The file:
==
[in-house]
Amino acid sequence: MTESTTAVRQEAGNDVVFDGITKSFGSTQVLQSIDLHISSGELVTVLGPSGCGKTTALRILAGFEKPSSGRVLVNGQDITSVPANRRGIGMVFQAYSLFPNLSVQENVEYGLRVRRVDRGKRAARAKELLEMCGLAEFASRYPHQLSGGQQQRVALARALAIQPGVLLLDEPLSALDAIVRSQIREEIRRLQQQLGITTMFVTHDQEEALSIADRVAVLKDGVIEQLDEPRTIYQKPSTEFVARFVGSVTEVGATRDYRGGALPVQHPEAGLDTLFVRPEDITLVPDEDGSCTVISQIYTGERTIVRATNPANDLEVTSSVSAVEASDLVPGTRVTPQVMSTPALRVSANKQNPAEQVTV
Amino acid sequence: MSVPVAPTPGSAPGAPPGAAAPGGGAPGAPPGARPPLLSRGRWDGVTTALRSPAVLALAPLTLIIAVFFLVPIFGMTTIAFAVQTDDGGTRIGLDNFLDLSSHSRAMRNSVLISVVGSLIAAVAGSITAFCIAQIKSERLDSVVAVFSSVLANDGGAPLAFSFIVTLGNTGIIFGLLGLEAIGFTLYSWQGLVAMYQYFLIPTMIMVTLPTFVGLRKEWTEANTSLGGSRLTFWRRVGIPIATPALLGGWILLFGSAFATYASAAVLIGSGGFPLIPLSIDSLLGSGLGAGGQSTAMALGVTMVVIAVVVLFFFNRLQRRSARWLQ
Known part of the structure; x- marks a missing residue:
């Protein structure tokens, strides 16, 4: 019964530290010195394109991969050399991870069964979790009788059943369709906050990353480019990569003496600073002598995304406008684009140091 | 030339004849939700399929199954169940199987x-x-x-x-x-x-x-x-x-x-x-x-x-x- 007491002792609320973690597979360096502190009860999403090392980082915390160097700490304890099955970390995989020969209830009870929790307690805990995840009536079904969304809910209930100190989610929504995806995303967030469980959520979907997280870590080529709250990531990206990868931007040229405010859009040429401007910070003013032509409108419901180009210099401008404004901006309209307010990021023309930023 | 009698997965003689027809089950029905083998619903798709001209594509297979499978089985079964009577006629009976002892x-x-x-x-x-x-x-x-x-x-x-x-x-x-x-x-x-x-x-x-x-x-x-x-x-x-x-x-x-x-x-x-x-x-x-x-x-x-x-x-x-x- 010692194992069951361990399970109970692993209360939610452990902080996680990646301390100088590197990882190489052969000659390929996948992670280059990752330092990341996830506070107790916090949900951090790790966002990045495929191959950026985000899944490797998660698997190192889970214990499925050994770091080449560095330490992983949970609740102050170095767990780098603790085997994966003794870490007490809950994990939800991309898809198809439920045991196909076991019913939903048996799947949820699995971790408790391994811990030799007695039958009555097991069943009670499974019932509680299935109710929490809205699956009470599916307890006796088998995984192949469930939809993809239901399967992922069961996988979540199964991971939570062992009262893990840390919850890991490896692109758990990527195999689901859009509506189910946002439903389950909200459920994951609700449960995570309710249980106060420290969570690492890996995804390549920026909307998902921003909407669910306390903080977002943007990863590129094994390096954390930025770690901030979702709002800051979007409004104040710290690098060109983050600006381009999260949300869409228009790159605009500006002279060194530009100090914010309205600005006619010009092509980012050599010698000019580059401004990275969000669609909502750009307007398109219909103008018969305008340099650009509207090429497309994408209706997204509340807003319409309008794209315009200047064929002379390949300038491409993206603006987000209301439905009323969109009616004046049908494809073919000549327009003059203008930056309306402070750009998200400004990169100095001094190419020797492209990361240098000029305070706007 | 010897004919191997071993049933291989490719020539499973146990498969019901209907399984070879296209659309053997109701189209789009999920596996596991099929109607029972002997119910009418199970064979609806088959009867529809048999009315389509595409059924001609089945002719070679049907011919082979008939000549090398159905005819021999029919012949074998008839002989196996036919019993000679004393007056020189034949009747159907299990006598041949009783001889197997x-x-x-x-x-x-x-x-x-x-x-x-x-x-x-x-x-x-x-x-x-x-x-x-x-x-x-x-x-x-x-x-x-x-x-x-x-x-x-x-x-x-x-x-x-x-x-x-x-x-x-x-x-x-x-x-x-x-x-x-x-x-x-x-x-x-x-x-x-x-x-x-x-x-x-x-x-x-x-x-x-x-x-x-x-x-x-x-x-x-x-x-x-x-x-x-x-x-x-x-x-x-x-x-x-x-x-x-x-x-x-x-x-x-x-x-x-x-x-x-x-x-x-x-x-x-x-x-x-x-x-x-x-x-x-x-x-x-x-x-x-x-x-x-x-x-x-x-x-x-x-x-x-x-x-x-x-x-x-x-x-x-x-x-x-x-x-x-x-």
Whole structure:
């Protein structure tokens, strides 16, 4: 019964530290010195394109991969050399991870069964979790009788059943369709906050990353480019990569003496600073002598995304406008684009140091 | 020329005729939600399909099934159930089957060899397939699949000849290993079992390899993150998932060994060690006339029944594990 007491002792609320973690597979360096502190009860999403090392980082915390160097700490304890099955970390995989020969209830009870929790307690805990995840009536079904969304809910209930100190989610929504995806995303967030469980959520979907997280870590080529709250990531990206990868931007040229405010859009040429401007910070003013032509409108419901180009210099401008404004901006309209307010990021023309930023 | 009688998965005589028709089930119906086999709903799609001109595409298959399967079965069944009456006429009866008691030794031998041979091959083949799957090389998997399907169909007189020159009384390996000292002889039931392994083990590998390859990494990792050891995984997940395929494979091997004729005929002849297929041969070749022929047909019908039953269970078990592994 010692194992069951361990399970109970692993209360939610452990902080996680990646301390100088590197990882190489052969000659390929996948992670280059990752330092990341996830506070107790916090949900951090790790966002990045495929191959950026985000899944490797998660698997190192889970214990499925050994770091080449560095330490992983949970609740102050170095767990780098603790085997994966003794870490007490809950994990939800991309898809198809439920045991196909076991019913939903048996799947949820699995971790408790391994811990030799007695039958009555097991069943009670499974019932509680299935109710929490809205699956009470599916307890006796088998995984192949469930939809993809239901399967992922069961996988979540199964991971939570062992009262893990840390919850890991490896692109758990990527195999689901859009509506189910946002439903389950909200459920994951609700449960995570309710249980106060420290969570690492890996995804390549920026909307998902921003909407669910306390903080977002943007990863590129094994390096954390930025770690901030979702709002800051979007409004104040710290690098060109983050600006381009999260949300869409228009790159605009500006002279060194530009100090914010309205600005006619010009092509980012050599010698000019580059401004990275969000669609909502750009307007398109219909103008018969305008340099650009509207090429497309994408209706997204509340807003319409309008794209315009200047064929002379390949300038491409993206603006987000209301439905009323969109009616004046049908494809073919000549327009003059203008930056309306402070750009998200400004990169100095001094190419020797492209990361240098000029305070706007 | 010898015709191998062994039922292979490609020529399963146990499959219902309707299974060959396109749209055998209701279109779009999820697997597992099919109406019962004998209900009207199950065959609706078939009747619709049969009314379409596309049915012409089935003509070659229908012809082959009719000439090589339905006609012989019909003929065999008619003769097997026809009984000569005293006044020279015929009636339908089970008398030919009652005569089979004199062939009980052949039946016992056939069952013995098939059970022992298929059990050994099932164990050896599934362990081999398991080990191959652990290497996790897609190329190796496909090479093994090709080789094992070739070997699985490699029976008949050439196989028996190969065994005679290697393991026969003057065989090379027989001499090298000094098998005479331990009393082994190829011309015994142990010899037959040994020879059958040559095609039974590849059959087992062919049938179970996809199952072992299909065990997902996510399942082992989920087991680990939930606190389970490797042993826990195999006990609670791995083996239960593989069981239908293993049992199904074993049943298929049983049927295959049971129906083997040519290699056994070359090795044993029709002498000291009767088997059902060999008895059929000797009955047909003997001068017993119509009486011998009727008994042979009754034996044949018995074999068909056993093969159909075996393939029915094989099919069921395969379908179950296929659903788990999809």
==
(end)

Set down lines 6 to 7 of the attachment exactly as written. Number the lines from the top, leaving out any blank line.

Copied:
Whole structure:
């Protein structure tokens, strides 16, 4: 019964530290010195394109991969050399991870069964979790009788059943369709906050990353480019990569003496600073002598995304406008684009140091 | 020329005729939600399909099934159930089957060899397939699949000849290993079992390899993150998932060994060690006339029944594990 007491002792609320973690597979360096502190009860999403090392980082915390160097700490304890099955970390995989020969209830009870929790307690805990995840009536079904969304809910209930100190989610929504995806995303967030469980959520979907997280870590080529709250990531990206990868931007040229405010859009040429401007910070003013032509409108419901180009210099401008404004901006309209307010990021023309930023 | 009688998965005589028709089930119906086999709903799609001109595409298959399967079965069944009456006429009866008691030794031998041979091959083949799957090389998997399907169909007189020159009384390996000292002889039931392994083990590998390859990494990792050891995984997940395929494979091997004729005929002849297929041969070749022929047909019908039953269970078990592994 010692194992069951361990399970109970692993209360939610452990902080996680990646301390100088590197990882190489052969000659390929996948992670280059990752330092990341996830506070107790916090949900951090790790966002990045495929191959950026985000899944490797998660698997190192889970214990499925050994770091080449560095330490992983949970609740102050170095767990780098603790085997994966003794870490007490809950994990939800991309898809198809439920045991196909076991019913939903048996799947949820699995971790408790391994811990030799007695039958009555097991069943009670499974019932509680299935109710929490809205699956009470599916307890006796088998995984192949469930939809993809239901399967992922069961996988979540199964991971939570062992009262893990840390919850890991490896692109758990990527195999689901859009509506189910946002439903389950909200459920994951609700449960995570309710249980106060420290969570690492890996995804390549920026909307998902921003909407669910306390903080977002943007990863590129094994390096954390930025770690901030979702709002800051979007409004104040710290690098060109983050600006381009999260949300869409228009790159605009500006002279060194530009100090914010309205600005006619010009092509980012050599010698000019580059401004990275969000669609909502750009307007398109219909103008018969305008340099650009509207090429497309994408209706997204509340807003319409309008794209315009200047064929002379390949300038491409993206603006987000209301439905009323969109009616004046049908494809073919000549327009003059203008930056309306402070750009998200400004990169100095001094190419020797492209990361240098000029305070706007 | 010898015709191998062994039922292979490609020529399963146990499959219902309707299974060959396109749209055998209701279109779009999820697997597992099919109406019962004998209900009207199950065959609706078939009747619709049969009314379409596309049915012409089935003509070659229908012809082959009719000439090589339905006609012989019909003929065999008619003769097997026809009984000569005293006044020279015929009636339908089970008398030919009652005569089979004199062939009980052949039946016992056939069952013995098939059970022992298929059990050994099932164990050896599934362990081999398991080990191959652990290497996790897609190329190796496909090479093994090709080789094992070739070997699985490699029976008949050439196989028996190969065994005679290697393991026969003057065989090379027989001499090298000094098998005479331990009393082994190829011309015994142990010899037959040994020879059958040559095609039974590849059959087992062919049938179970996809199952072992299909065990997902996510399942082992989920087991680990939930606190389970490797042993826990195999006990609670791995083996239960593989069981239908293993049992199904074993049943298929049983049927295959049971129906083997040519290699056994070359090795044993029709002498000291009767088997059902060999008895059929000797009955047909003997001068017993119509009486011998009727008994042979009754034996044949018995074999068909056993093969159909075996393939029915094989099919069921395969379908179950296929659903788990999809």